It’s a phrase that countless start-ups use when they feel as if they have gained enough traction: “We’re the Uber of (fill in an industry here).”
There are companies like Instacart and AmazonFresh, considered disruptors of the grocery industry. There’s Roadie, the delivery service that connects people who have stuff to send with drivers already heading that way. Even household chores, such as furniture assembly or dog-walking, have been made easier, as a result of companies like TaskRabbit and Wag!
While each start-up has had varying degrees of success, all believe they are viable because they are so-called disruptors of entrenched, slow-to-change industries. By using technology to connect consumers directly with services, these start-ups believe they can make customers' lives more efficient and easier.
Still, some industries have been insulated from change. One reason? The more crucial the industry is, some experts say, the more time a disruptor needs to build consumers' confidence.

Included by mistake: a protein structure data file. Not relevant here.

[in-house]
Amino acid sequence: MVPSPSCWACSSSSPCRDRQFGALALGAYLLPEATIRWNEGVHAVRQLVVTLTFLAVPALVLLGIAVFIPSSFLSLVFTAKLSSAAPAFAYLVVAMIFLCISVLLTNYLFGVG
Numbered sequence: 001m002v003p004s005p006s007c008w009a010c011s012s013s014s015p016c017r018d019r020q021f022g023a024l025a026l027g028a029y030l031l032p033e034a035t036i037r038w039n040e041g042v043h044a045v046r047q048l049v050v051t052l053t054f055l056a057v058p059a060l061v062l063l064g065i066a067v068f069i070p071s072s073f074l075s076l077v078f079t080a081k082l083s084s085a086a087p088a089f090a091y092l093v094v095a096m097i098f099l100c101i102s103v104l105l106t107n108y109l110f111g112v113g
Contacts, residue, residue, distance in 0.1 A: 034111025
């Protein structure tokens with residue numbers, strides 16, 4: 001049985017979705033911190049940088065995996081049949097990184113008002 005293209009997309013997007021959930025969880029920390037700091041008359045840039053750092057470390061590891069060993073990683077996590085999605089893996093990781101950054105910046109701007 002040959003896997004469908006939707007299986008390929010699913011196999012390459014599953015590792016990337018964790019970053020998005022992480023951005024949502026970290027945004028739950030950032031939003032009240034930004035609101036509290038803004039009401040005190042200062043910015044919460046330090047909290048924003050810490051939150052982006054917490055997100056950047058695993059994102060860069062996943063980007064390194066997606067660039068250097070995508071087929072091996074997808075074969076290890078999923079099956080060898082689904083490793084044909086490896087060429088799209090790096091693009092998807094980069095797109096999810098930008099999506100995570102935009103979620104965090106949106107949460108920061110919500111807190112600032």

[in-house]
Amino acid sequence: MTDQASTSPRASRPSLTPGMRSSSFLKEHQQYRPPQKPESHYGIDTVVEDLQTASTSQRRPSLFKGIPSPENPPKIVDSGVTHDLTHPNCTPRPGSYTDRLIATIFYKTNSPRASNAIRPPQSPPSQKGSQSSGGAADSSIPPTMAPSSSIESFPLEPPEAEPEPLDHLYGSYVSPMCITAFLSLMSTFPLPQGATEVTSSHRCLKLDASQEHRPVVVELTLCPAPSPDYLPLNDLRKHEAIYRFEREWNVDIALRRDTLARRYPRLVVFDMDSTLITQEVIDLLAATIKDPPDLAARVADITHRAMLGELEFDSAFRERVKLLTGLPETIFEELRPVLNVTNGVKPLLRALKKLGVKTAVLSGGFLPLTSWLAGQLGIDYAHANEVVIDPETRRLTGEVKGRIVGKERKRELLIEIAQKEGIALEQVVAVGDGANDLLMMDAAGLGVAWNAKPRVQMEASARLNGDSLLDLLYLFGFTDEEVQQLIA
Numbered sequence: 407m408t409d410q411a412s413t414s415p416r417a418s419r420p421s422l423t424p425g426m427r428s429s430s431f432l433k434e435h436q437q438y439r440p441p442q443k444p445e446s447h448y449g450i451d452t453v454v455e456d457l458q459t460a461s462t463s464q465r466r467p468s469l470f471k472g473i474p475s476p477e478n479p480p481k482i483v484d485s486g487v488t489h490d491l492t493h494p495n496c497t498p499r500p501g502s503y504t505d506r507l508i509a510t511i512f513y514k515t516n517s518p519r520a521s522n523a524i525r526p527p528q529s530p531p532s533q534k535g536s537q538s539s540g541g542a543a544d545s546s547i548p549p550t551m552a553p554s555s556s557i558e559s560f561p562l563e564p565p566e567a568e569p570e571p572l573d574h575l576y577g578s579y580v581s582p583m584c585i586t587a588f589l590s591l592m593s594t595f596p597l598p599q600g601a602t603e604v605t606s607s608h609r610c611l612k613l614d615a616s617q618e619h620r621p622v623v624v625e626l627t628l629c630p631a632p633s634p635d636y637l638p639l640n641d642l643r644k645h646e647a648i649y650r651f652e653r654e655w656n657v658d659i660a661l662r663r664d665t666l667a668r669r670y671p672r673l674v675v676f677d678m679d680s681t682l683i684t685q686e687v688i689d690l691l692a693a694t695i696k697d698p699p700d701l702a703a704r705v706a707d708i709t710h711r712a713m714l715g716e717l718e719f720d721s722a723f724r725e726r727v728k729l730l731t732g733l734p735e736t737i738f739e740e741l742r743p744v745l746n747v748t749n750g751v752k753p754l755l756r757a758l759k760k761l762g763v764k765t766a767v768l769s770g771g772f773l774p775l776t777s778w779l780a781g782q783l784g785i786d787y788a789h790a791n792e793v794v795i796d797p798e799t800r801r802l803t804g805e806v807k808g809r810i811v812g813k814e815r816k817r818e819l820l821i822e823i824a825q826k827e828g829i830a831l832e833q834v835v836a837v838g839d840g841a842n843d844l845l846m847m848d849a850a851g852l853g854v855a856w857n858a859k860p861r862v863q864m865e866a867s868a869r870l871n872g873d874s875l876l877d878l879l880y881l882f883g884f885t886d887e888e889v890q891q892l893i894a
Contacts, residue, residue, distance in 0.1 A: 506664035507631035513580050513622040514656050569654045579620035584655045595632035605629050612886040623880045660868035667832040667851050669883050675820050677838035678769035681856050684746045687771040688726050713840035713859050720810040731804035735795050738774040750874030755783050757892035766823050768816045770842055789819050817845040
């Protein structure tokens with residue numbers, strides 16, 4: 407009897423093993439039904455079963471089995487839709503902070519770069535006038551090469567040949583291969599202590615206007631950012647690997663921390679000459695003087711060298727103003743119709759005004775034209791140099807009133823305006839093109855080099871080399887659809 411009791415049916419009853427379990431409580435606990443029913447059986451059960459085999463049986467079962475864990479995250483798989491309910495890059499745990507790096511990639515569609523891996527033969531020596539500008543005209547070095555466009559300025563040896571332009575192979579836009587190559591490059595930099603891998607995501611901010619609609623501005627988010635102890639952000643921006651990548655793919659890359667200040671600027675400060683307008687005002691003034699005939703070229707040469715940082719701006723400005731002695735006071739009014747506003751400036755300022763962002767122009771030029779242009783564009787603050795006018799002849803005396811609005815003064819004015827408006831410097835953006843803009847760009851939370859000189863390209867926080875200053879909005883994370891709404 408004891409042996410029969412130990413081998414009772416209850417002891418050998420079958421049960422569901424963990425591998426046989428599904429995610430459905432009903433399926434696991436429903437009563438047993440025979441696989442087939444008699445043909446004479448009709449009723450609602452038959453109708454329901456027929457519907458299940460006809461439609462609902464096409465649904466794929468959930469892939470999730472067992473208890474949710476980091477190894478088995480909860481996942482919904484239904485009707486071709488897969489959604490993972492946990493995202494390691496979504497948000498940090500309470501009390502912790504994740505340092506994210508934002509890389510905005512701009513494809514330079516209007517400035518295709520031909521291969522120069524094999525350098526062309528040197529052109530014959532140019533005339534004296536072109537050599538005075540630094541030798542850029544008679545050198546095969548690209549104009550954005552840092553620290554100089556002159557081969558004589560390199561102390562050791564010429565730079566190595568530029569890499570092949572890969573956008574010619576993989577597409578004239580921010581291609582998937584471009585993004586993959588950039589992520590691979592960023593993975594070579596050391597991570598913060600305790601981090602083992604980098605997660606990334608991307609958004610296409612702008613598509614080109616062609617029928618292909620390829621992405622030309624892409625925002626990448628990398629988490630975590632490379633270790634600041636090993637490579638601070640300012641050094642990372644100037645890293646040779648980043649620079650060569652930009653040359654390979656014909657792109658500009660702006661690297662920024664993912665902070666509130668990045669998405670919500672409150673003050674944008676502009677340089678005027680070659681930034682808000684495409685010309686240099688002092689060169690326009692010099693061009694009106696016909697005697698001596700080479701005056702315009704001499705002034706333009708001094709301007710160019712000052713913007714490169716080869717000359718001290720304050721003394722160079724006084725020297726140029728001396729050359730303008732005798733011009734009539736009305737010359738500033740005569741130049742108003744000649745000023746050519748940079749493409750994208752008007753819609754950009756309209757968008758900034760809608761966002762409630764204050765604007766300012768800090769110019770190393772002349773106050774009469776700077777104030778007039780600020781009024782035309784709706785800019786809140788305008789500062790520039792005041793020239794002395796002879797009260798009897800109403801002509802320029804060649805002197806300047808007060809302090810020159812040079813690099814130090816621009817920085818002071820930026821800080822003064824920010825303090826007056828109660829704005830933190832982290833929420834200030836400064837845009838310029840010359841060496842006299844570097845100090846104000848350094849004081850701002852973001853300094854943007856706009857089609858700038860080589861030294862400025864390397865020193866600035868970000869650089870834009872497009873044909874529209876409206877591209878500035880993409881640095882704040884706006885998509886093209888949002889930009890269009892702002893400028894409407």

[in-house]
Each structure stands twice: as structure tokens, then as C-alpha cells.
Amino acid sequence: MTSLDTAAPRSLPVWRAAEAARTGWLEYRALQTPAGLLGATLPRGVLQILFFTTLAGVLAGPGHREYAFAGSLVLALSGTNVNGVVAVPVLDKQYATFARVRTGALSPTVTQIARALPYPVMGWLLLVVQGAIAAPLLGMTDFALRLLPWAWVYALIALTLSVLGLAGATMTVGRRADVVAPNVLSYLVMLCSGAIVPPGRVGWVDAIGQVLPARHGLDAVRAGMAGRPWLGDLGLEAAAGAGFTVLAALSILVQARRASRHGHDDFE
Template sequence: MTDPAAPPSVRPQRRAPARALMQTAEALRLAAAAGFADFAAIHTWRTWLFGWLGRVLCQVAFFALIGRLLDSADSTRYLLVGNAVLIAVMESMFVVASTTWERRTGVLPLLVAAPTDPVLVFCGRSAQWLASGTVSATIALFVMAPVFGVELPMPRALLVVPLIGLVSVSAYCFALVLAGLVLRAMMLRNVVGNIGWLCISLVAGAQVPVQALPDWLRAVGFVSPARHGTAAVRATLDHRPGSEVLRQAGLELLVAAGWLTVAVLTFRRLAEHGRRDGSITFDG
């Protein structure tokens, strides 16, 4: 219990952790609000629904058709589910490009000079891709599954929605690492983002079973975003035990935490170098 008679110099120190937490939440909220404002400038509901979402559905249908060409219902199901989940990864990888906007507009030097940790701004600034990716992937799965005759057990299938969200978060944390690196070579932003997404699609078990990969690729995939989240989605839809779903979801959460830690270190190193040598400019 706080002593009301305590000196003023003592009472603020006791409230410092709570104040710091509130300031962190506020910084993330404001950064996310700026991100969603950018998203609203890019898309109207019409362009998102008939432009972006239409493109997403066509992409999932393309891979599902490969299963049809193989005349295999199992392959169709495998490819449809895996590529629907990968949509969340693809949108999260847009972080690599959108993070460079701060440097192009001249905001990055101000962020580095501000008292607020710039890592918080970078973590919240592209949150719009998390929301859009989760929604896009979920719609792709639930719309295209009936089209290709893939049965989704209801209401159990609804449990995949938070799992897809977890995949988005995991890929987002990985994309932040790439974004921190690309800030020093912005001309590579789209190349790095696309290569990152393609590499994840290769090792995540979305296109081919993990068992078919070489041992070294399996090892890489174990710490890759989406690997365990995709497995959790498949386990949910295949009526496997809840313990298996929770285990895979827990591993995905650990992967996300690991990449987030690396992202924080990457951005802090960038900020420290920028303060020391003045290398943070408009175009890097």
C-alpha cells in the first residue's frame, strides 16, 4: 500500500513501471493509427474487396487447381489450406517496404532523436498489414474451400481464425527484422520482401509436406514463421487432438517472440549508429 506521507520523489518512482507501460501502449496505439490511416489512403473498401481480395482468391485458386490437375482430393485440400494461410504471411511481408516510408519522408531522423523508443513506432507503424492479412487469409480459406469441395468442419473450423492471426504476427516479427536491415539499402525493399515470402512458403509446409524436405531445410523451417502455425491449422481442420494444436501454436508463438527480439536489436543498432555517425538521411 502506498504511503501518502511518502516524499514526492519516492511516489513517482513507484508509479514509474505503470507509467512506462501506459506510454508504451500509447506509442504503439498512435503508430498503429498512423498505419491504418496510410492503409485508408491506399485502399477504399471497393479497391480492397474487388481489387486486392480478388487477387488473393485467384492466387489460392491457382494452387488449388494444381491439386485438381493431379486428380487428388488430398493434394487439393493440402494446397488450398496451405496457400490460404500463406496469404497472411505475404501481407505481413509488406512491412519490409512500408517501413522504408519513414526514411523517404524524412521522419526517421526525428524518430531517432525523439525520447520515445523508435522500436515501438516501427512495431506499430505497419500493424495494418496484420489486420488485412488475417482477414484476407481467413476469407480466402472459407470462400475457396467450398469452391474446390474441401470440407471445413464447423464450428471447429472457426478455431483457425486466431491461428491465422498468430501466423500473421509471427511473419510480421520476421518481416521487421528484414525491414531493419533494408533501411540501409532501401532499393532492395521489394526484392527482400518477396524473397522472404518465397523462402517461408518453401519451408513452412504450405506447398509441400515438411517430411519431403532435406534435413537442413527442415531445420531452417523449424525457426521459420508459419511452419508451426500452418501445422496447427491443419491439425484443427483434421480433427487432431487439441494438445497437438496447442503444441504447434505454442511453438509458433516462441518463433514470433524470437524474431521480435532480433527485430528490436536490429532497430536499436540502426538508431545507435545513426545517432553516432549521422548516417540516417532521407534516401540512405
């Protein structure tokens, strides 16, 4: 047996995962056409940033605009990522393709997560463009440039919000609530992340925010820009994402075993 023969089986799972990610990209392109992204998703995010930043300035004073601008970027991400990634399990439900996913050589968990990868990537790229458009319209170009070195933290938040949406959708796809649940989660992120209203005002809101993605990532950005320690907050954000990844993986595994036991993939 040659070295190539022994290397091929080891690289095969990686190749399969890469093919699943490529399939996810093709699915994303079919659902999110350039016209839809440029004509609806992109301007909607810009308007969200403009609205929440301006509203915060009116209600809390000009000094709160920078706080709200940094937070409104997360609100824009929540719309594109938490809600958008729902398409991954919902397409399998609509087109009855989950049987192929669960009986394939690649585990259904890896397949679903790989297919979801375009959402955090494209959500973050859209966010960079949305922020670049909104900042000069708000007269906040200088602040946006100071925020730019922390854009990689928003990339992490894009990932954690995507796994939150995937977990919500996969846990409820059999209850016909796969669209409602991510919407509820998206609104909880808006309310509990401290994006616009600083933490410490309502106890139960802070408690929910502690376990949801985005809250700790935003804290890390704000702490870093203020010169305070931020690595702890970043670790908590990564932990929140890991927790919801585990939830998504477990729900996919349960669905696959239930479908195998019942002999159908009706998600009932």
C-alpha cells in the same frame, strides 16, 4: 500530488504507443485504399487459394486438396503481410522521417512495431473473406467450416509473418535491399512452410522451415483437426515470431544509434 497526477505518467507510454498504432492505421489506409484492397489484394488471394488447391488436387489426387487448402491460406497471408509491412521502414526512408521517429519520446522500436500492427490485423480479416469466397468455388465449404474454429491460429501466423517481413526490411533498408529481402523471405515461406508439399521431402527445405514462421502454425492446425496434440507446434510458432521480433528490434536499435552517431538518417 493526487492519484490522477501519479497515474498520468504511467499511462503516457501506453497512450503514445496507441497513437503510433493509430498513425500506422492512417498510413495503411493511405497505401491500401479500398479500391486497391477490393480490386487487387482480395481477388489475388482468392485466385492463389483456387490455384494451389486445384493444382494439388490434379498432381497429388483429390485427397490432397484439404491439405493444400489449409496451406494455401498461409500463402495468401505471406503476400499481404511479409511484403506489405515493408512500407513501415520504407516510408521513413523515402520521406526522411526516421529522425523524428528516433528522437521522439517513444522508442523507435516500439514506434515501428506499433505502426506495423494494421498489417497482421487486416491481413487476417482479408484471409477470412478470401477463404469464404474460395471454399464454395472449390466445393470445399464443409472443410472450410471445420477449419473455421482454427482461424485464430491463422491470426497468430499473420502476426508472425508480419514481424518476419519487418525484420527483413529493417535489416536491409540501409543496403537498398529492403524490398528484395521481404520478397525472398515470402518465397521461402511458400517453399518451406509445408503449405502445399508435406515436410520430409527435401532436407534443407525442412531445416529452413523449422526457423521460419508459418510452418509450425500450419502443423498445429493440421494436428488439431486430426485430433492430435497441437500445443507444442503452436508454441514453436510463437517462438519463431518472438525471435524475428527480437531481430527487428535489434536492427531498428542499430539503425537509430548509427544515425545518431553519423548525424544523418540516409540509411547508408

Take, for example, health care — a complex, deeply personal, and high-stakes industry. In a 2017 interview, Arun Sundararajan, a New York University business professor and expert on the sharing economy, said that what’s holding health care back at this point is that platforms “haven’t built up sufficient trust.”
The real estate industry is, in some ways, similar. Buying a home is the largest purchase many people make and something that is generally too complex to be handled without help. As a result, though the industry has experienced a few disruptor success stories — the real estate databases Zillow and Trulia are less than 15 years old, for example — it also has been littered with start-up failures. Consumers looking to buy or sell a home have consistently had to return to the status quo: hiring a real estate agent to help them.